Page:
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Constitutional Law

Highlights from the Most Recent Round of the U.S. Supreme Court’s Decisions 2014:

Burwell v. Hobby Lobby Stores, Inc., No. 13-354, effectively expanding constitutional rights (including religious) to corporations as persons, the Court held that the provision of the Affordable Care Act violated the religious freedoms of closely held corporations like Hobby Loby because the Act required the company to pay for insurance coverage for contraception.

Brown v. Armstrong, No. 13 – 1056, turning down a 9th Circuit order requiring California State officials are responsible for ensuring that prisoners with a disability are provided with “reasonable accommodations” as required under the Americans With Disabilities Act, regardless of whether they are held in a county jail. So the State must ensure compliance with Federal law by all state officials, even county.

EPA v. Homer City: upholding the Environmental Protection Agency’s cross-state air pollution rule, meaning that the EPA has discretion to take costs into account when it decides how to proceed, and thus, the EPA has authority to take steps to reduce deaths in one state by setting environmental regulations in another.

Greece v. Galloway, 12-696: held that prayer at city counsel meetings and other such government-sponsored meetings do not violate the 1st Amendment’s ban on establishment of religion by opening their meetings with with overtly Christian prayers.

Harris v. Quinn: held that hundreds of thousands of home health care workers cannot be compelled under state laws to pay dues to unions and cannot be required to pay union dues if they object. Although this holding could have been more broad, it appears that if a similar issue were to be reviewed by the current make up of this Court it would legislate the “right to work” and pull the financial rug out from under unions.

NLRB v. Noel Canning: held that appointments made by President Obama in 2012 to the National Labor Relations Board were unconstitutional “recess” appointmnets since the Senate was conducting “pro forma sessions” (i.e. opening and adjourning every Tuesday and Friday)

Lane v. Franks: held that 1st Amendment “protects a public employee who provided truthful sworn testimony, compelled by subpoena, outside the course of his ordinary job responsibilities,” and thus, he could sue his employer for wrongful termination that came upon him due to exercising his 1st Amendment rights.

Riley v. California: held that police CANNOT search our cell phone upon an arrest without a warrant. What must the police do when they want to search a cellphone in connection with an arrest? “Get a warrant,” wrote Chief Justice Roberts, who also wrote that one a driving force behind the American Revolution was revulsion against “general warrants” that “allowed British officers to rummage through homes in an unrestrained search for evidence of criminal activity.” No more, holds this opinion, which leads some observers to conclude that the broad surveillance currently conducted by the NSA is likewise unconstitutional on its face. “The fact that technology now allows an individual to carry such information in his hand,” Roberts wrote, “does not make the information any less worthy of the protection for which the founders fought.”


Supreme Court Decisions That Led to Corporate “Persons”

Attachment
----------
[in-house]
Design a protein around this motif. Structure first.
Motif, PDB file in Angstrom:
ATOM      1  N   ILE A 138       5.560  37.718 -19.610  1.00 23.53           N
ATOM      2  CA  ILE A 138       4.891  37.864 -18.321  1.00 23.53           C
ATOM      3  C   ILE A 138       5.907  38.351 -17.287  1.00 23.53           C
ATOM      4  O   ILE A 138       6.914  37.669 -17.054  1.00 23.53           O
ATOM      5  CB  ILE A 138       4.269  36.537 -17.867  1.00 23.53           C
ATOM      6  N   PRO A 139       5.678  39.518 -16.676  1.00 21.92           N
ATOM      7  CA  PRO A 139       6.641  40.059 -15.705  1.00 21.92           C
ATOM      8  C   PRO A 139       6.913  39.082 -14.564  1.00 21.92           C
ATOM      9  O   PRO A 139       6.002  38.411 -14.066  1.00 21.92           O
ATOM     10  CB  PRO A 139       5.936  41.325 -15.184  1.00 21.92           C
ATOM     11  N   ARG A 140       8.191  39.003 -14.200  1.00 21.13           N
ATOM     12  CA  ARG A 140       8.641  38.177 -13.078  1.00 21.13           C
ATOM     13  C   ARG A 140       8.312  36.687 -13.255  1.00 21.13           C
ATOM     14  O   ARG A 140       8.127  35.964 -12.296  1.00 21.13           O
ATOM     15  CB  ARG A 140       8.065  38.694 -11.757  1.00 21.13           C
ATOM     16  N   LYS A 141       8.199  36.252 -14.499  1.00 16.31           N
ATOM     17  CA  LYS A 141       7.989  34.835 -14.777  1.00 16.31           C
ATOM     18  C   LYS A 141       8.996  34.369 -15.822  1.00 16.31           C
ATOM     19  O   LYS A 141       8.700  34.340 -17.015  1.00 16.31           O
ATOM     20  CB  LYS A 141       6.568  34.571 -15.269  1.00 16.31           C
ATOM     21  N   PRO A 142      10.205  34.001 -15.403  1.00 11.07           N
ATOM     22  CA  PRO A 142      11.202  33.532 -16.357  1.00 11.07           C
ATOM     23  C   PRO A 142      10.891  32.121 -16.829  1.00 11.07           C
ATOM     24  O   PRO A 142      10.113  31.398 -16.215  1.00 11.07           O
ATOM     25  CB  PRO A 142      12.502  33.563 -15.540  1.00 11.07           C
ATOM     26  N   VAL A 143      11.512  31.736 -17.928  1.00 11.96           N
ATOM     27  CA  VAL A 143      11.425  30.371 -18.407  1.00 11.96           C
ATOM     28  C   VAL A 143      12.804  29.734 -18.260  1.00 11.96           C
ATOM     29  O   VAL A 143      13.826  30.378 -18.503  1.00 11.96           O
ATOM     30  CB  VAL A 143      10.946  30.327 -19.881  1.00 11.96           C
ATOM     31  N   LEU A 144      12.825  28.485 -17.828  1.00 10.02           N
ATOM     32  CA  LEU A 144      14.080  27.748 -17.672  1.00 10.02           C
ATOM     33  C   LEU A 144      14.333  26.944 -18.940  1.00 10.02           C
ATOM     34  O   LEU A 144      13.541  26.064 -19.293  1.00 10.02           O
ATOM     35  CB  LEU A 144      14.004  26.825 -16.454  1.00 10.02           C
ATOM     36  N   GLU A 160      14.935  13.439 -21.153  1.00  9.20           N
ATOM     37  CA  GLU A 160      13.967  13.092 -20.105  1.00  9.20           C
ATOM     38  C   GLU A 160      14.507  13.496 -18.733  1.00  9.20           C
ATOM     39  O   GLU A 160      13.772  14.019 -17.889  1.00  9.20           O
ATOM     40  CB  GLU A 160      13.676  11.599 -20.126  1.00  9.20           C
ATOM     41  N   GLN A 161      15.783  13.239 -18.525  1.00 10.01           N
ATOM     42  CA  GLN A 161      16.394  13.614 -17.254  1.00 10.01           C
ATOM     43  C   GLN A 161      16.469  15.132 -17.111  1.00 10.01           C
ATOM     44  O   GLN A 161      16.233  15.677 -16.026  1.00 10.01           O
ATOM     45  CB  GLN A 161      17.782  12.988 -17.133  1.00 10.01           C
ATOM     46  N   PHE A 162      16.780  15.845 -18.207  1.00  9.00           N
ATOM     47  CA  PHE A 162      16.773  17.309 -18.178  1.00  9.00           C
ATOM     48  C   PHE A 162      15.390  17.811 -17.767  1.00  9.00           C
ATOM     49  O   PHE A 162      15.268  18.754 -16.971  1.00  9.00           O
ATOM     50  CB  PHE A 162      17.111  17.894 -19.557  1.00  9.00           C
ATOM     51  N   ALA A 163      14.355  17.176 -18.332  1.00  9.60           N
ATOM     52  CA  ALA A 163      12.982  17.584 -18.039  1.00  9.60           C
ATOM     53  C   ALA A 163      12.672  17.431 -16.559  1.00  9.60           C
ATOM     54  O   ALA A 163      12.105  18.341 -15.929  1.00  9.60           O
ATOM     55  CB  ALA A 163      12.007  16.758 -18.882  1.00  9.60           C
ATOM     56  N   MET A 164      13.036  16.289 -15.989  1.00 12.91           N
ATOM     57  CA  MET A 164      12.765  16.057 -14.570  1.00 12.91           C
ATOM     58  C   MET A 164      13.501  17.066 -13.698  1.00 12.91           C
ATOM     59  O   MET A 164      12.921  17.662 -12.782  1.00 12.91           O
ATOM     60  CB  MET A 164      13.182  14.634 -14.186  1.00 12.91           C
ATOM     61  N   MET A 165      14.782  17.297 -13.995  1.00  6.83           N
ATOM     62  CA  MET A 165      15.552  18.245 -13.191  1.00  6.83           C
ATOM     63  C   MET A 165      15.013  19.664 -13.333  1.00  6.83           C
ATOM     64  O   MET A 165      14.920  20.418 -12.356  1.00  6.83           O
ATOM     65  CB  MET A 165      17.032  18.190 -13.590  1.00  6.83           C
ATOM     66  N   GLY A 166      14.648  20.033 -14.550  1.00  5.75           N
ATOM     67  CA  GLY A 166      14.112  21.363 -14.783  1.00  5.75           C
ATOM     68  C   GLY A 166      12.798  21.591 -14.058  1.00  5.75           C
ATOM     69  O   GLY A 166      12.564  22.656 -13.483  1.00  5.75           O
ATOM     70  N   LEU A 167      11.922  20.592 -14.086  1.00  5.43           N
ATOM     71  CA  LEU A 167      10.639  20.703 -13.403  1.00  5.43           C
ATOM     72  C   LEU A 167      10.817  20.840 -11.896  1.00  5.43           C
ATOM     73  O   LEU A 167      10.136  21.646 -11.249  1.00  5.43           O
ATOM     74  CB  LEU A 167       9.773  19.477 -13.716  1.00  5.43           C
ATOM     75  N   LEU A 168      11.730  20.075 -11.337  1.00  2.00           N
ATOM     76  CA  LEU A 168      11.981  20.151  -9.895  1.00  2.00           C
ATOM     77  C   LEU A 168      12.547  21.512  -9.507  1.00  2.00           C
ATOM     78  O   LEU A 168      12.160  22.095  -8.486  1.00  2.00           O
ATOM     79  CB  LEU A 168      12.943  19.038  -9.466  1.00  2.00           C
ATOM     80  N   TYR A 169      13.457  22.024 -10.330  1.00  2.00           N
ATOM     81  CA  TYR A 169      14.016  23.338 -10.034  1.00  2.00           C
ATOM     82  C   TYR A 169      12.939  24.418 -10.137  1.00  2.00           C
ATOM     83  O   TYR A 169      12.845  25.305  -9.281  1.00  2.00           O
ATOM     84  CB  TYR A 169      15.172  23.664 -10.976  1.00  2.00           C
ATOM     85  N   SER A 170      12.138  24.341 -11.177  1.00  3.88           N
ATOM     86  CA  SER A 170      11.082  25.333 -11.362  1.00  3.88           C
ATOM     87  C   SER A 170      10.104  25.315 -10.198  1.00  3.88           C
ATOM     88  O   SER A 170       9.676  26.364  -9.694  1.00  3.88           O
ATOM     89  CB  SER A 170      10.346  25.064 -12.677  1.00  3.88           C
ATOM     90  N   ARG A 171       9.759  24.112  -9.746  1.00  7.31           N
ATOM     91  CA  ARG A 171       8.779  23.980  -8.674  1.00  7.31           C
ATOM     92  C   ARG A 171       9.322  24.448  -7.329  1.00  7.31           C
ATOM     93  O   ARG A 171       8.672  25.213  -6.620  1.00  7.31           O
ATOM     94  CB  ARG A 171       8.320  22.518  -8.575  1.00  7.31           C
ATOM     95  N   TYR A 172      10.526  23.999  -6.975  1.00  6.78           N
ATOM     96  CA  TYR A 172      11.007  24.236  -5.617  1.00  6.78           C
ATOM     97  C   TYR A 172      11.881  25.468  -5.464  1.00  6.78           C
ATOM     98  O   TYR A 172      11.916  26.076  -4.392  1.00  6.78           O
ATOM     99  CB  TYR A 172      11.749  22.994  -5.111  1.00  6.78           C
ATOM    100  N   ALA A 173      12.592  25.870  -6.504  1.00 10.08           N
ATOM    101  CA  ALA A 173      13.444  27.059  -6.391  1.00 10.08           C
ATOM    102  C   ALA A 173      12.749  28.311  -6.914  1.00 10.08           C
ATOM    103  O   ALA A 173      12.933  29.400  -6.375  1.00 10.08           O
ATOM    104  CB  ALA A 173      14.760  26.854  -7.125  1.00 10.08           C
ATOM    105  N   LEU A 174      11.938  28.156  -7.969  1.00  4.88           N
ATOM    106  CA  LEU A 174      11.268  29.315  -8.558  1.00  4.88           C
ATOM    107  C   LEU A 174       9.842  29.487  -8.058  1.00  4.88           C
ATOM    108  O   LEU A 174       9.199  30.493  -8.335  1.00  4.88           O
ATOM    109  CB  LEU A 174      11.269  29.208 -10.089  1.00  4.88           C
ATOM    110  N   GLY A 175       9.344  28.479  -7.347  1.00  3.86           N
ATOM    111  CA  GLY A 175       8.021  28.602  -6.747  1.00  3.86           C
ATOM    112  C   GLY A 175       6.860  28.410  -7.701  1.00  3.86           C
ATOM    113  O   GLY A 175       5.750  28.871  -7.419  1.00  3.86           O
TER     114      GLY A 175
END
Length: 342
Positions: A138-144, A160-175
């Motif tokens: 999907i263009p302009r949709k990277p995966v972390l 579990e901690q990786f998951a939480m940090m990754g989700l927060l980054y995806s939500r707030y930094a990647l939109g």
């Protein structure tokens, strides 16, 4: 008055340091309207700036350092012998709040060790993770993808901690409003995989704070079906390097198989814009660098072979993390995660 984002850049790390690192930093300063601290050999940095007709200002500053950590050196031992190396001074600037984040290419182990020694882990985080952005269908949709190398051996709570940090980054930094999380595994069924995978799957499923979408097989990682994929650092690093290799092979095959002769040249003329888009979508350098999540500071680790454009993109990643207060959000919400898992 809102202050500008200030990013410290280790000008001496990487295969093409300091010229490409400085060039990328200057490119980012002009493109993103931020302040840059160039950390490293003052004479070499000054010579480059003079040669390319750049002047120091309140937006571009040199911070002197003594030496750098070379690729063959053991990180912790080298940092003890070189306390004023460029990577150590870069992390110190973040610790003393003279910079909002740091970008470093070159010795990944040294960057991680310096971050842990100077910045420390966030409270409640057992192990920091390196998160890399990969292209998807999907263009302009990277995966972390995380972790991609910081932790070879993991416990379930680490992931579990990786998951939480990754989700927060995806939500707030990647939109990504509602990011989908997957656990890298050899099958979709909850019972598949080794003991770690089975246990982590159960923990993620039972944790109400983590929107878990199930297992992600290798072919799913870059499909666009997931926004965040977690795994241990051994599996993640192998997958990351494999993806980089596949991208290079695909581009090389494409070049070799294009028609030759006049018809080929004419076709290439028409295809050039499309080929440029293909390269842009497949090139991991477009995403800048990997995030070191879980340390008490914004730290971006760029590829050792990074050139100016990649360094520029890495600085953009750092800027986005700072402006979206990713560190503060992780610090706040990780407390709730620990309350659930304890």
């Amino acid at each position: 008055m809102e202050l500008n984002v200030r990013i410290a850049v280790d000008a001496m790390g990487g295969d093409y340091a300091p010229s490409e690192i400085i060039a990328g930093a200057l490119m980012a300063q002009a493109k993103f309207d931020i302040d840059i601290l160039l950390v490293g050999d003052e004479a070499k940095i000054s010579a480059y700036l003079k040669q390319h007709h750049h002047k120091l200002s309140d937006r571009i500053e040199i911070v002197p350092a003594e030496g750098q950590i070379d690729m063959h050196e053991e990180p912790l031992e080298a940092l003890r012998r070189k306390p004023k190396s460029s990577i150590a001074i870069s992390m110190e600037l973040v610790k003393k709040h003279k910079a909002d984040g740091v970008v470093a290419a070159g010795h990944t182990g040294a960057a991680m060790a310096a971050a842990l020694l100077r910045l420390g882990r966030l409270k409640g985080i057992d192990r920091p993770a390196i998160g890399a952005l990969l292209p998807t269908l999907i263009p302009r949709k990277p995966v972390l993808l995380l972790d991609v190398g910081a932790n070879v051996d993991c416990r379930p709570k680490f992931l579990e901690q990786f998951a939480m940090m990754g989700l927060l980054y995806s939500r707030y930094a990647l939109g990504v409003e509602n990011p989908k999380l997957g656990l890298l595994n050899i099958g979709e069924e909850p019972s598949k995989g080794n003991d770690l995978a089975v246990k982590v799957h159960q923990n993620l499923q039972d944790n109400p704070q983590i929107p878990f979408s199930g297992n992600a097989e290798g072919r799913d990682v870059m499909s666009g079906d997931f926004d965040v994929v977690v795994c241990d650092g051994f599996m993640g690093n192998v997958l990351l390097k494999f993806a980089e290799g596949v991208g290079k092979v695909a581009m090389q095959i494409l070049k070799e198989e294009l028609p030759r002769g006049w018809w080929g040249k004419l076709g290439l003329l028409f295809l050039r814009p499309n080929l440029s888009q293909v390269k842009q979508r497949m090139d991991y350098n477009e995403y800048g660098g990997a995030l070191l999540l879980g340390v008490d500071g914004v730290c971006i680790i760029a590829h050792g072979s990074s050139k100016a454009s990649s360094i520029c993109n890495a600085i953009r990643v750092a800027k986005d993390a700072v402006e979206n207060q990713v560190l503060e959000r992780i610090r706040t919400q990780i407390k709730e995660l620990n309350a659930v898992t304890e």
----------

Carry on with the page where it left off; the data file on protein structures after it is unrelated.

Despite the fact that the Constitution was written by “we the people” for people like “ourselves,” and the fact that a “corporation” is never mentioned therein, the U.S. Supreme Court has recently solidified its belief (by one vote) that an inanimate company is a “person.” Here’s how it happened in a nutshell:

Bank of the United States v. Deveaux (1989): held that corporations are not people and must sue in federal court unless all shareholders lived in the same state.

Louisville, Cincinnati, and Charleston Railroad v. Letson (1844): held that corporations are “citizens” of the state of their incorporation, but still, all shareholders had to live in the same state to be sued in federal court.

Marshall v. Baltimore and Ohio Railroad (1853): held that corporations are citizens only for the purposes of court jurisdiction, but still didn’t have the same constitutional rights as flesh and blood people, making it more feasible for corporations to be sued in federal courts.

County of Santa Clara v. Southern Pacific Railroad (1886): the Court indicates in notes that a corporation is entitled to equal protection rights under the 14th Amendment.

Smyth v. Ames (1989): holding that a state cannot take a corporation’s property without due process, recognizing 14th Amendment equal protection rights to corporations (later overturned in Federal Power Commission v. Hope Natural Gas (1944)).

Hale v. Henkel (1906): held that corporations are protected from unreasonable searches and seizures under the 4th Amendment.

Russian Volunteer Fleet v. United States (1931): held that corporations are protected from unlawful searches and seizures under the 5th Amendment (i.e. guarantee of fair legal treatment).

United States v. Martin Linen Supply Co. (1977): held that corporations are also protected by the Constitutional protection against double jeopardy.

Citizens United v. FEC (2010): held that just as people’s ability to donate to campaigns is a form of protected free speech (Buckley v. Valeo), corporations also have the same Constitutional protections, thus, a corporation’s ‘free speech’ of campaign donations cannot be limited.

Burwell v. Hobby Lobby (2014): held (effectively) that corporations are legal people with the right to freedom of religion just as they have the right to freedom of speech.